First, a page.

Access Modes:  [ReadWriteOnce]
Events:
  Type    Reason            Age   From                    Message
  —-    ——            —-  —-                    ——-
  Normal  SuccessfulCreate  21m   statefulset-controller  create Pod couchbase-0 in StatefulSet couchbase successful
  Normal  SuccessfulCreate  2m    statefulset-controller  create Claim couchbase-data-couchbase-1 Pod couchbase-1 in StatefulSet couchbase success
  Normal  SuccessfulCreate  2m    statefulset-controller  create Pod couchbase-1 in StatefulSet couchbase successful
  Normal  SuccessfulCreate  2m    statefulset-controller  create Claim couchbase-data-couchbase-2 Pod couchbase-2 in StatefulSet couchbase success
  Normal  SuccessfulCreate  2m    statefulset-controller  create Pod couchbase-2 in StatefulSet couchbase successful
cormac@pks-cli:~/Stateful-Demo$
 

OK, our final step is to check the application. For that we go back to the Couchbase UI and take a look at the “servers”. The first thing we notice is that there are now 2 new servers that are Pending Rebalance, as shown in the lower right hand corner of the UI.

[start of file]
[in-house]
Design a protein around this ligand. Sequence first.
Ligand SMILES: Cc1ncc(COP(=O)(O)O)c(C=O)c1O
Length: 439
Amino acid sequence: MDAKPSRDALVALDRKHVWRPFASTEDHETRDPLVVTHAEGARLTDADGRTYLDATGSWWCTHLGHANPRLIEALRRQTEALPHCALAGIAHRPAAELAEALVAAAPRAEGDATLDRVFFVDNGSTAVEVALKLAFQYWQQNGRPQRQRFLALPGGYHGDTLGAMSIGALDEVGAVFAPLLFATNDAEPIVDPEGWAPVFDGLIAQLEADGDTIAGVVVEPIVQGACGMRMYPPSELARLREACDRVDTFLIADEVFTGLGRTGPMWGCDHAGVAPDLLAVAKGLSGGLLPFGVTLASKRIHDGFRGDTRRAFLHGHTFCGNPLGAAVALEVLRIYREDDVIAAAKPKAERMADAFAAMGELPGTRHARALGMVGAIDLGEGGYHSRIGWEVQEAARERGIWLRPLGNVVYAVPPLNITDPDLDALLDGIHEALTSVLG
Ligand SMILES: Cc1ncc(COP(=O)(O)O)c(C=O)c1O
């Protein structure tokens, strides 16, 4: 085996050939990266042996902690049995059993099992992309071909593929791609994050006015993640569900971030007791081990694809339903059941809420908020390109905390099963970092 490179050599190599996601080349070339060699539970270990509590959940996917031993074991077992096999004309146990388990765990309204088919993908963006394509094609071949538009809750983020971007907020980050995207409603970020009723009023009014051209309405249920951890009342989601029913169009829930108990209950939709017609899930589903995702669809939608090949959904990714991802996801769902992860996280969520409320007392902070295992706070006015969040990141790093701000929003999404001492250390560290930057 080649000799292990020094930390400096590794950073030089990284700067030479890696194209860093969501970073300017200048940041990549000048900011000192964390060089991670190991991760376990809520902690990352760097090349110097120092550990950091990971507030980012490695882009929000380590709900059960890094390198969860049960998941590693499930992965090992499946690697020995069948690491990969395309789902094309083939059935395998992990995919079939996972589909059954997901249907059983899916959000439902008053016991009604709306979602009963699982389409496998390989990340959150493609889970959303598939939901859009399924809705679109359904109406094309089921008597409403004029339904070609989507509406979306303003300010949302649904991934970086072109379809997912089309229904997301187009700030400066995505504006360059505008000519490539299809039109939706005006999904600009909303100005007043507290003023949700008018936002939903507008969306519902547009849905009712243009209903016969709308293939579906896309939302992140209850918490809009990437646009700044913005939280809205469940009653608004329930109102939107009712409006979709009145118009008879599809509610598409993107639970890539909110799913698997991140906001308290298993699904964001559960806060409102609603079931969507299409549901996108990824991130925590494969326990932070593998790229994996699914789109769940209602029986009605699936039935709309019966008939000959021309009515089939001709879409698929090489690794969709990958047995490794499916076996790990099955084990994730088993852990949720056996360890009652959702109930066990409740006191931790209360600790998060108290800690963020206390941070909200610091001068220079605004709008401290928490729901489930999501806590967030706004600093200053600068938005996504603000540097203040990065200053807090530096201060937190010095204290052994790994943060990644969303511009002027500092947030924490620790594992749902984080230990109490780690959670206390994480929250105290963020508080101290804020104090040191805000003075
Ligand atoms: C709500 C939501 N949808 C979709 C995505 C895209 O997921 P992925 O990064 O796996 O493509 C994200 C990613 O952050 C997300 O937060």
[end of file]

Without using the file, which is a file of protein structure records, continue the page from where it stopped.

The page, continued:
When we click on it, we are taken to the Server Nodes view – Pending Rebalance. Now, not only do we see an option to Rebalance, but we also have a failover warning stating that at least two servers with the data service are required to provide replication.
 

 

Let’s click on the Rebalance button next. This will kick of the Rebalance activity across all 3 nodes.
 

 

And finally, our Couchbase database should be balanced across all 3 nodes, alongside the option of Fail Over.
 

 

Conclusion
So that was pretty seamless, wasn’t it? Hopefully that has given you a good idea about the purpose of StatefulSets. As well as that, hopefully you can see how nicely it integrates with the vSphere Cloud Provider (VCP) to give persistent volumes on vSphere storage for Kubernetes containerized applications.
And finally, just to show you that these volumes are on the vSAN datastore (the datastore that matches the “gold” policy in the storage class), here are the 3 volumes (VMDKs) in the kubevols folder.
 

4 comments
  1. Thanks so much for this great post! I was wondering if you had any experience using the Couchbase Autonomous Operator for Kubernetes which is intended to replace the use of Stateful sets?